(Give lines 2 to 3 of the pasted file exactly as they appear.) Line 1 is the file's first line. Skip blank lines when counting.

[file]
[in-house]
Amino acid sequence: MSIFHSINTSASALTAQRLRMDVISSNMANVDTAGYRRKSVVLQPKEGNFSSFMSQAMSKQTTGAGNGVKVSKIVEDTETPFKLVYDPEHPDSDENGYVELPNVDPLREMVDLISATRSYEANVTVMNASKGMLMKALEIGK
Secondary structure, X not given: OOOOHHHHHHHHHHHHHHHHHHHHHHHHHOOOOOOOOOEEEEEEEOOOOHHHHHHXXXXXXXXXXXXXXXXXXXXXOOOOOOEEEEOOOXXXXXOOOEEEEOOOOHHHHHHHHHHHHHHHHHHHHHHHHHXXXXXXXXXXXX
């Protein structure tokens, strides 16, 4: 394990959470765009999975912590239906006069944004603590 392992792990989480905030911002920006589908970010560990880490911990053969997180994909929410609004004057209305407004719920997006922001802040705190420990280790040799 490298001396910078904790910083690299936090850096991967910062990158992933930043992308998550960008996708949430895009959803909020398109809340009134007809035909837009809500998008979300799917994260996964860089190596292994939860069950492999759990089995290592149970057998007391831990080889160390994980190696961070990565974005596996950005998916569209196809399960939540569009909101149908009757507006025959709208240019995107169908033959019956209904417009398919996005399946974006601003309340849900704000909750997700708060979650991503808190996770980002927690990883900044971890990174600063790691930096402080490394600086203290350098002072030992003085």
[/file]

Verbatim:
Amino acid sequence: MSIFHSINTSASALTAQRLRMDVISSNMANVDTAGYRRKSVVLQPKEGNFSSFMSQAMSKQTTGAGNGVKVSKIVEDTETPFKLVYDPEHPDSDENGYVELPNVDPLREMVDLISATRSYEANVTVMNASKGMLMKALEIGK
Secondary structure, X not given: OOOOHHHHHHHHHHHHHHHHHHHHHHHHHOOOOOOOOOEEEEEEEOOOOHHHHHHXXXXXXXXXXXXXXXXXXXXXOOOOOOEEEEOOOXXXXXOOOEEEEOOOOHHHHHHHHHHHHHHHHHHHHHHHHHXXXXXXXXXXXX